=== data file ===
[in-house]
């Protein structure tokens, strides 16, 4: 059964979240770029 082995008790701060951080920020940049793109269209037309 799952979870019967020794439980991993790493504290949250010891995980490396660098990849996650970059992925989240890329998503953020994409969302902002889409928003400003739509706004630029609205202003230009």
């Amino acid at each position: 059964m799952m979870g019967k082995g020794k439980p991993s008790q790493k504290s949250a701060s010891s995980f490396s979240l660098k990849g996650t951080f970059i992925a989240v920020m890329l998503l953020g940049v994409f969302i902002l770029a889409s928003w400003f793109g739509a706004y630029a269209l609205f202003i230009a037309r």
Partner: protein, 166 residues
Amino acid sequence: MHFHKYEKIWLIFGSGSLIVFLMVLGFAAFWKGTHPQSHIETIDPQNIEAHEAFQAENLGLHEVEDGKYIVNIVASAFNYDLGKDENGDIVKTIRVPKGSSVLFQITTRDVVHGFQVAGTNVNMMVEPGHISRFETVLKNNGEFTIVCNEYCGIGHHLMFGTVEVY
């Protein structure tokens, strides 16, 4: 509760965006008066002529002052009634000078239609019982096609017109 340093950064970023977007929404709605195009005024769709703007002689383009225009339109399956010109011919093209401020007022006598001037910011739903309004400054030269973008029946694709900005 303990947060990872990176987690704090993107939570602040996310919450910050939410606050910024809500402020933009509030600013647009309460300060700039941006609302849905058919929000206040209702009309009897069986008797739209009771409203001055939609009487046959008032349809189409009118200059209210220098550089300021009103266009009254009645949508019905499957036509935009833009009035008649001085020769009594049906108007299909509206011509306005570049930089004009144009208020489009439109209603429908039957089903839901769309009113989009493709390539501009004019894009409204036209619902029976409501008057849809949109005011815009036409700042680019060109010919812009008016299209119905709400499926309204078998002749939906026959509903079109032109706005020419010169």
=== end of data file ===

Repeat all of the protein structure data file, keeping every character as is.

[in-house]
């Protein structure tokens, strides 16, 4: 059964979240770029 082995008790701060951080920020940049793109269209037309 799952979870019967020794439980991993790493504290949250010891995980490396660098990849996650970059992925989240890329998503953020994409969302902002889409928003400003739509706004630029609205202003230009």
């Amino acid at each position: 059964m799952m979870g019967k082995g020794k439980p991993s008790q790493k504290s949250a701060s010891s995980f490396s979240l660098k990849g996650t951080f970059i992925a989240v920020m890329l998503l953020g940049v994409f969302i902002l770029a889409s928003w400003f793109g739509a706004y630029a269209l609205f202003i230009a037309r």
Partner: protein, 166 residues
Amino acid sequence: MHFHKYEKIWLIFGSGSLIVFLMVLGFAAFWKGTHPQSHIETIDPQNIEAHEAFQAENLGLHEVEDGKYIVNIVASAFNYDLGKDENGDIVKTIRVPKGSSVLFQITTRDVVHGFQVAGTNVNMMVEPGHISRFETVLKNNGEFTIVCNEYCGIGHHLMFGTVEVY
């Protein structure tokens, strides 16, 4: 509760965006008066002529002052009634000078239609019982096609017109 340093950064970023977007929404709605195009005024769709703007002689383009225009339109399956010109011919093209401020007022006598001037910011739903309004400054030269973008029946694709900005 303990947060990872990176987690704090993107939570602040996310919450910050939410606050910024809500402020933009509030600013647009309460300060700039941006609302849905058919929000206040209702009309009897069986008797739209009771409203001055939609009487046959008032349809189409009118200059209210220098550089300021009103266009009254009645949508019905499957036509935009833009009035008649001085020769009594049906108007299909509206011509306005570049930089004009144009208020489009439109209603429908039957089903839901769309009113989009493709390539501009004019894009409204036209619902029976409501008057849809949109005011815009036409700042680019060109010919812009008016299209119905709400499926309204078998002749939906026959509903079109032109706005020419010169």